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A plan that zones crops according to water needs in the farmland beyond Adelaide’s northern suburbs could save water, boost production and expand the olive industry.

Under the Horticulture Blueprint for 2030, growers will relocate farms north of Mallala to form various pockets of cropping varieties, with a close focus on local conditions in each zone.

The Blueprint provides a vision for the horticulture industry on the Adelaide Plains and identifies several areas, which it states that if correctly addressed, could lead to increased horticultural output, more employment, and growth in the South Australian economy.

The document states that significant proportions of the Adelaide Plains have potential for expansion of the olive industry and that the viability of the expansion needs to be investigated.

The Adelaide Plains horticulture industry is concentrated in the area around Virginia and Angle Vale, but is expanding into the area around Two Wells. The majority of horticulture activity includes greenhouse crops and field production of vegetables including potatoes, carrots, brassica and bunch crops as well as almonds, olives and winegrapes. There are many value-adding businesses, packing or processing produce from the region and other areas of South Australia.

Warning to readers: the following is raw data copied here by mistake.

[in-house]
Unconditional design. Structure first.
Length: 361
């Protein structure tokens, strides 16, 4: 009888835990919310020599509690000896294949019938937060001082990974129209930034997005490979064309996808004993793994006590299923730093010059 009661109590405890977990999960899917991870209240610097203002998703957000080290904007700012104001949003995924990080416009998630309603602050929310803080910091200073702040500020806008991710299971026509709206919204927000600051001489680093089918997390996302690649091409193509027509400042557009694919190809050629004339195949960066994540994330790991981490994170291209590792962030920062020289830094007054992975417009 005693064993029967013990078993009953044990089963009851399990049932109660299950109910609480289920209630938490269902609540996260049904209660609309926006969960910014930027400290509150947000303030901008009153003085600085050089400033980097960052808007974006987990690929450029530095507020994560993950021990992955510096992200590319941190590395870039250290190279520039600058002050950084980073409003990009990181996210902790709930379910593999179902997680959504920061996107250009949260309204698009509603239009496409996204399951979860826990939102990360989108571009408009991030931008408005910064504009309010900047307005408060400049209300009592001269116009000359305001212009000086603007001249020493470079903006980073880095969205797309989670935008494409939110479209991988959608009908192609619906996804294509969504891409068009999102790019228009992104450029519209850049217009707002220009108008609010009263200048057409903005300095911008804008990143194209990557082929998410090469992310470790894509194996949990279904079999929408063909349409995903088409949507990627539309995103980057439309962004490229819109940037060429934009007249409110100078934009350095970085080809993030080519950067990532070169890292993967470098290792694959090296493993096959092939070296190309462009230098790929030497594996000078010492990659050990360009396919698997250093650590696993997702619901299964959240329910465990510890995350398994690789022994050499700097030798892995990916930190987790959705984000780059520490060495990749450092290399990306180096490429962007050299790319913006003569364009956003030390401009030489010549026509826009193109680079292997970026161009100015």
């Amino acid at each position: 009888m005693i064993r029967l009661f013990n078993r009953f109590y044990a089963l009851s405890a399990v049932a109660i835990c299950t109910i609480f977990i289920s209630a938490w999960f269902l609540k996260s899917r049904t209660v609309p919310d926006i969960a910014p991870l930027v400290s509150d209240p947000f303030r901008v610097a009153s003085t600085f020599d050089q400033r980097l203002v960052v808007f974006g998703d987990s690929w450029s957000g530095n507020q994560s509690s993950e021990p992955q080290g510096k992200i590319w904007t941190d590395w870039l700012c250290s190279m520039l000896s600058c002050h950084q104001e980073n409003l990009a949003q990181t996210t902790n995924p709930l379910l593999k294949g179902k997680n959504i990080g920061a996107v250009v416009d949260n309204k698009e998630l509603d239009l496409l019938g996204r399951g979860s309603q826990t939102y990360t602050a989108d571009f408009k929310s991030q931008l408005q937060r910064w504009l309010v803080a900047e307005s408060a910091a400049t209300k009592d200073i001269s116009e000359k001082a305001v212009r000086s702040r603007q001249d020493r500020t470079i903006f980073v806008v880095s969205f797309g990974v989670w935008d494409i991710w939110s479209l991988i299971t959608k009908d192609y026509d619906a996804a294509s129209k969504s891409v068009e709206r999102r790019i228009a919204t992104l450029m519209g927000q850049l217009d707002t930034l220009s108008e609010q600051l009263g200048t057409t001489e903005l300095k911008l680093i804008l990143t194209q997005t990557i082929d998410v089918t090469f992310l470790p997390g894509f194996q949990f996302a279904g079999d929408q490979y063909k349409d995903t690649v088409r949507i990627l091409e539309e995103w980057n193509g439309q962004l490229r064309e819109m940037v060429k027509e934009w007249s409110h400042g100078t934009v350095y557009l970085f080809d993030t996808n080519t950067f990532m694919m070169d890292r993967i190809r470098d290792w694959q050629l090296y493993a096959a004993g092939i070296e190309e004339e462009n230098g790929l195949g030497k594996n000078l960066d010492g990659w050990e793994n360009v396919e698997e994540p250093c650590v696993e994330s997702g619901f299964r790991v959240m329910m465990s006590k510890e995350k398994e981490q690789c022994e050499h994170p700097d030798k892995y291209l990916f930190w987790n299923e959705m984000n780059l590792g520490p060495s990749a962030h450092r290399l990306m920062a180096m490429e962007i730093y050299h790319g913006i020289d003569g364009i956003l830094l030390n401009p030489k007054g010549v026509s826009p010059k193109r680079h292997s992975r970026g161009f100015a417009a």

The planned overhaul of the horticultural industry is in response to the northern expansion of Adelaide’s metropolitan area which is causing many current growers to consider shifting further north.

Under the Blueprint production was expected to double by 2030. The plan outlines plans for a doubling of the industry’s production capacity, leading to a significant boost in horticultural exports and thousands more jobs.

Post-harvest manager with the Virginia Horticulture Centre, Victoria Richardson, says this will have significant benefits for water management.

“Olives have different water requirements to carrots, carrots have different water requirements to tomatoes, so if they’re actually all in a belt it makes it a lot more effective to manage,” she said.

“It’s about being proactive as an industry and recognising that yes we will need to shift, but how can we do that so it really benefits our industry in the long term rather than just waiting for it to happen and then dealing with it.”

The Blueprint states the Adelaide Plains has a number of available water sources for irrigation and the current source of water is sufficient for current needs of horticulture, and provides potential for some growth.